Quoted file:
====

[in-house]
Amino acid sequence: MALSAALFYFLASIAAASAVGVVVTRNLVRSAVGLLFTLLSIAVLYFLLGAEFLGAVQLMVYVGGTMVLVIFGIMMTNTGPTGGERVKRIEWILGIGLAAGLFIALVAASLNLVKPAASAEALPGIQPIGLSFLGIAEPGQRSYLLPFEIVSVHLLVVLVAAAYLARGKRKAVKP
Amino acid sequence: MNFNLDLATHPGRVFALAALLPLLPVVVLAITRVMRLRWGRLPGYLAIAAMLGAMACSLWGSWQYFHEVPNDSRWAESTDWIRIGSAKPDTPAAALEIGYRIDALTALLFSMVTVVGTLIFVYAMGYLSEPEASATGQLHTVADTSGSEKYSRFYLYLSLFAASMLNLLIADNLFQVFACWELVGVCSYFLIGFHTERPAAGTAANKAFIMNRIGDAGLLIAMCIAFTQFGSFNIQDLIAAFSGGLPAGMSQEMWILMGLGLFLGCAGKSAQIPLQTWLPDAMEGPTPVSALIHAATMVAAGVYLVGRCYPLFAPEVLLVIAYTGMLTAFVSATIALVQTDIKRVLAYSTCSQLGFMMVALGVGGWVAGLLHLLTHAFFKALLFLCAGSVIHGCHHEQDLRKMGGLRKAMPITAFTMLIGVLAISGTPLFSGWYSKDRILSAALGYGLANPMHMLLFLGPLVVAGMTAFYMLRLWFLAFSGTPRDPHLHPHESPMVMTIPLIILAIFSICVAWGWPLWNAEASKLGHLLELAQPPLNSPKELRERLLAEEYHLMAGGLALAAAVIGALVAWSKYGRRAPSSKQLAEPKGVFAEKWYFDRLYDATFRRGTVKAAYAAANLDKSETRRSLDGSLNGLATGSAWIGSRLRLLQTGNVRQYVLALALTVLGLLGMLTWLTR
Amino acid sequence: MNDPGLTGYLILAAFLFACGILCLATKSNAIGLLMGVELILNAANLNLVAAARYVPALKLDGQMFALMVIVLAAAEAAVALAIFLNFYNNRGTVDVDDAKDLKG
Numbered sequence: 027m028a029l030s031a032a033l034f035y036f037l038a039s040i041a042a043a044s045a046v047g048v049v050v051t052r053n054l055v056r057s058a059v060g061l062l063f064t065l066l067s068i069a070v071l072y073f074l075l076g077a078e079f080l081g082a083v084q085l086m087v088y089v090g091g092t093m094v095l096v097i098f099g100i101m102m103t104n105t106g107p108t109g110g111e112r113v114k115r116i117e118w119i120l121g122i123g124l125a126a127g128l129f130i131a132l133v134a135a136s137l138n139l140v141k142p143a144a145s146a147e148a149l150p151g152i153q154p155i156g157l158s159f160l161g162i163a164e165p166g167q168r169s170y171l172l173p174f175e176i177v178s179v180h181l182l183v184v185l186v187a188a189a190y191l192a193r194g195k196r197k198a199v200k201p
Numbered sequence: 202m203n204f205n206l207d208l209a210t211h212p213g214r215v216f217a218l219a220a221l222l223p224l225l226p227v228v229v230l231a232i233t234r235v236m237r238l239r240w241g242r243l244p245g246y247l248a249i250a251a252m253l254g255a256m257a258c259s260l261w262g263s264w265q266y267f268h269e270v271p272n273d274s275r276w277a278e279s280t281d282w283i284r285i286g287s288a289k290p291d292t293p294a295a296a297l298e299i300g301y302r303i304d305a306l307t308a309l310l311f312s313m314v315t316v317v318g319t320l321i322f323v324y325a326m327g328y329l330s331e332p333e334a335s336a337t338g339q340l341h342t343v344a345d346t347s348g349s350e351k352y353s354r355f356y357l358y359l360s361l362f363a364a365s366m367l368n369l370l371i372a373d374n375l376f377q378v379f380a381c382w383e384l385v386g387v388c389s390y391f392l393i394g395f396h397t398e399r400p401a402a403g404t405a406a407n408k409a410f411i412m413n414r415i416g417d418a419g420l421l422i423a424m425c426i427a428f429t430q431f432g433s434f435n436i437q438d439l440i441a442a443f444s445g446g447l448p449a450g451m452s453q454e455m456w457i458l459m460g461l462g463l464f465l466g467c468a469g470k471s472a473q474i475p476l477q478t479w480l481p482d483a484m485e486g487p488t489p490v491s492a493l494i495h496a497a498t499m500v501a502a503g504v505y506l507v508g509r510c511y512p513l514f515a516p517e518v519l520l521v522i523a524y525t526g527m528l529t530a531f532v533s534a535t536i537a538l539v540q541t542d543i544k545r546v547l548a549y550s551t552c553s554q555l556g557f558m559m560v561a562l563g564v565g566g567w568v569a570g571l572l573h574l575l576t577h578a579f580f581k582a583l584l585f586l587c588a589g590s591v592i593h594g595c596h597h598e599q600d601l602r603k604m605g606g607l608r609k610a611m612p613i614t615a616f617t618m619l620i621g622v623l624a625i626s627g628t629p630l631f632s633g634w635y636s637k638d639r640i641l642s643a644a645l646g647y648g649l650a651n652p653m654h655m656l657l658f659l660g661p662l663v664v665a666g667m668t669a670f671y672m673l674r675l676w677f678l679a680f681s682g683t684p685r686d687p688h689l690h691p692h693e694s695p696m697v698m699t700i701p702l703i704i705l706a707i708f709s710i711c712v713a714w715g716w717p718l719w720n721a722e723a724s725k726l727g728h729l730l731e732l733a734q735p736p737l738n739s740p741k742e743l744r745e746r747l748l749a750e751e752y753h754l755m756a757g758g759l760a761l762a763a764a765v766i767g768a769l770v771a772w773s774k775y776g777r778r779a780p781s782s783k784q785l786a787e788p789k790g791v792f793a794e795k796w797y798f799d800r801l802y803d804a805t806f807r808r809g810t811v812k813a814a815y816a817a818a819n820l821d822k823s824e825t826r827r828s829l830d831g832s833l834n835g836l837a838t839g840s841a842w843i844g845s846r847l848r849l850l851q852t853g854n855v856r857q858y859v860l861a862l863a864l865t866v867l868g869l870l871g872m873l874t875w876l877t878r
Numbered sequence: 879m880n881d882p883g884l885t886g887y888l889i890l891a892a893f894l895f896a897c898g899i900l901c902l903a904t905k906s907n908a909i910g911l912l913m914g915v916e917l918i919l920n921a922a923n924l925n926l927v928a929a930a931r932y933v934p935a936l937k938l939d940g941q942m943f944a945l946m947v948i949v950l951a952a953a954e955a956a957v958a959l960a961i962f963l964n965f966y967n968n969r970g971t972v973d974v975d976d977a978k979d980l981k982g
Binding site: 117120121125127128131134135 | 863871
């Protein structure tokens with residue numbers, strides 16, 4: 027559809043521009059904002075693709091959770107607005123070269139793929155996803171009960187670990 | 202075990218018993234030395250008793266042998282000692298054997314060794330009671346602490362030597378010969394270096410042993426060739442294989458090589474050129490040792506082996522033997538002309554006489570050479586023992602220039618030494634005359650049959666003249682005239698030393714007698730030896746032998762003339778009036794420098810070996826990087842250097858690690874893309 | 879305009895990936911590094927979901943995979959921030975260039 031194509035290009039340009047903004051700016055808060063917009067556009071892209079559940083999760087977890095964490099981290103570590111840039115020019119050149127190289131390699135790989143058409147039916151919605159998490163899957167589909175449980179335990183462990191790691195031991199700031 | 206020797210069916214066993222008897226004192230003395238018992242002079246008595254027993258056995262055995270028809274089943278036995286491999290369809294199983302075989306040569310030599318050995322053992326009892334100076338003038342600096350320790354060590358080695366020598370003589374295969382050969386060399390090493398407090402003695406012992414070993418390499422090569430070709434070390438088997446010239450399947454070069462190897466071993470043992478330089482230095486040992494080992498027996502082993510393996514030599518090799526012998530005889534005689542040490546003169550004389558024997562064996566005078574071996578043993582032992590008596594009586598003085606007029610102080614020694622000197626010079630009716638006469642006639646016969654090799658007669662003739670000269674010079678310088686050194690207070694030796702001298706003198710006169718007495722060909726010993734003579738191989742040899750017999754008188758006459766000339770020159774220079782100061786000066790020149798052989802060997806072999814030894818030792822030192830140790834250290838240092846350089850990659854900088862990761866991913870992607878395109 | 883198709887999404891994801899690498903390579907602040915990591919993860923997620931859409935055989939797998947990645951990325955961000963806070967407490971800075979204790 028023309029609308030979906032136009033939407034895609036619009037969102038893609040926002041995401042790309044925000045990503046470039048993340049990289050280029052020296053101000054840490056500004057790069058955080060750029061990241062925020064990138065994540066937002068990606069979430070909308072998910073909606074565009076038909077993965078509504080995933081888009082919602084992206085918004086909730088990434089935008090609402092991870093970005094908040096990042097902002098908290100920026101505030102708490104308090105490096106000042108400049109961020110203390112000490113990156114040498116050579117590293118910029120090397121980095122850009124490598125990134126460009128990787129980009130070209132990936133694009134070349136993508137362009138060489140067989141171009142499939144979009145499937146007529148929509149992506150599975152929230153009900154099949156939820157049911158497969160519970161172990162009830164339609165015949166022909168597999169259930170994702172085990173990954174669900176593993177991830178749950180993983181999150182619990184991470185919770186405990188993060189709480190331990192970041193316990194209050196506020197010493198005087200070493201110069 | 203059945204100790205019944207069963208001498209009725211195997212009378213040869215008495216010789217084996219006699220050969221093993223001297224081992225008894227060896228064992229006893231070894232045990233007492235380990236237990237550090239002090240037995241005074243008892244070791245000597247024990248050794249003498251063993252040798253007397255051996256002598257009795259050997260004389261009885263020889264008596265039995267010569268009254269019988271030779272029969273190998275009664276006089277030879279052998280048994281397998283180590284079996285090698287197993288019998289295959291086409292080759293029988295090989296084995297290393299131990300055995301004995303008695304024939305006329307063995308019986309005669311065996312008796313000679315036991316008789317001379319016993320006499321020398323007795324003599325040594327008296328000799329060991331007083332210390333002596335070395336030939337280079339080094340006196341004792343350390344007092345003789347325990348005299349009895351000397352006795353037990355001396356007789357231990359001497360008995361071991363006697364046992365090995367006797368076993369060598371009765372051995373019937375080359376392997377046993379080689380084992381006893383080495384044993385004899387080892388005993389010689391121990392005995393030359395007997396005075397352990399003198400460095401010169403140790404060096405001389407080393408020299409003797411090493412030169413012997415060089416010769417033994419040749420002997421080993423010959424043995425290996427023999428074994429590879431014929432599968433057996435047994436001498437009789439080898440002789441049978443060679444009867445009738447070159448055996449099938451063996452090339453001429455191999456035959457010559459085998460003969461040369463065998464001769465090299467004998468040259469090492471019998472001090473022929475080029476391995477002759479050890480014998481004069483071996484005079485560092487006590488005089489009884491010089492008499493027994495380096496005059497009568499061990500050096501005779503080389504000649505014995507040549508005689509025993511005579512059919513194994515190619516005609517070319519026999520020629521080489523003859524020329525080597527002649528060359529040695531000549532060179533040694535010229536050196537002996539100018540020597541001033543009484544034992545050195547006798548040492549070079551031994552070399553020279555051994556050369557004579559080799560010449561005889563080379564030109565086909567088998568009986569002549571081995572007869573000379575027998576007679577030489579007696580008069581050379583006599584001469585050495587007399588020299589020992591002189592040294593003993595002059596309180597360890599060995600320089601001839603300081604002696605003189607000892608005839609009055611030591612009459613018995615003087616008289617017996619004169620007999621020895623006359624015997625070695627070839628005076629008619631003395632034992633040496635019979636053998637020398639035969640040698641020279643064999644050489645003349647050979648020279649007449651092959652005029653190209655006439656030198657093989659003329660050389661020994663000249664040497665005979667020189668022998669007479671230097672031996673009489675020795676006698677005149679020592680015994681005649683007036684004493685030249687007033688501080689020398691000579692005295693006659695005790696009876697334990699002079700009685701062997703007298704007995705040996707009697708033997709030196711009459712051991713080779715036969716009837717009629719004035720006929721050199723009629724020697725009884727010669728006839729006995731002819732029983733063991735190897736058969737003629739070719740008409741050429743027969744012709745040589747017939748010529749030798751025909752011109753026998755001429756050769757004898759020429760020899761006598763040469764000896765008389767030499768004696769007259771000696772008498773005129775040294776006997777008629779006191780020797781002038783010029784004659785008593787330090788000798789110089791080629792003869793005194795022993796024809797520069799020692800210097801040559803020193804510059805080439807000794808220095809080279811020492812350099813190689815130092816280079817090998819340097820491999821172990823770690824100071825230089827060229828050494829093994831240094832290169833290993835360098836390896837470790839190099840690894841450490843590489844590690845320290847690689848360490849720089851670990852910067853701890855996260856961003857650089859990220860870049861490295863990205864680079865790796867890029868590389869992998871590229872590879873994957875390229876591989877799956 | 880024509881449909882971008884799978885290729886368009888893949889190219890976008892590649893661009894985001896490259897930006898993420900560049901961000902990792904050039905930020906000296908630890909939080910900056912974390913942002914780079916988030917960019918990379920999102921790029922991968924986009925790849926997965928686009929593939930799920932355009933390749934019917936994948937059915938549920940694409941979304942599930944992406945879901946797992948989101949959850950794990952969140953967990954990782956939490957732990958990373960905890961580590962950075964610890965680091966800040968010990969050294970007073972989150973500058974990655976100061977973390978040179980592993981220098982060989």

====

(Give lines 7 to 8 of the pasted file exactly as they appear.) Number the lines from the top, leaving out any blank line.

Numbered sequence: 879m880n881d882p883g884l885t886g887y888l889i890l891a892a893f894l895f896a897c898g899i900l901c902l903a904t905k906s907n908a909i910g911l912l913m914g915v916e917l918i919l920n921a922a923n924l925n926l927v928a929a930a931r932y933v934p935a936l937k938l939d940g941q942m943f944a945l946m947v948i949v950l951a952a953a954e955a956a957v958a959l960a961i962f963l964n965f966y967n968n969r970g971t972v973d974v975d976d977a978k979d980l981k982g
Binding site: 117120121125127128131134135 | 863871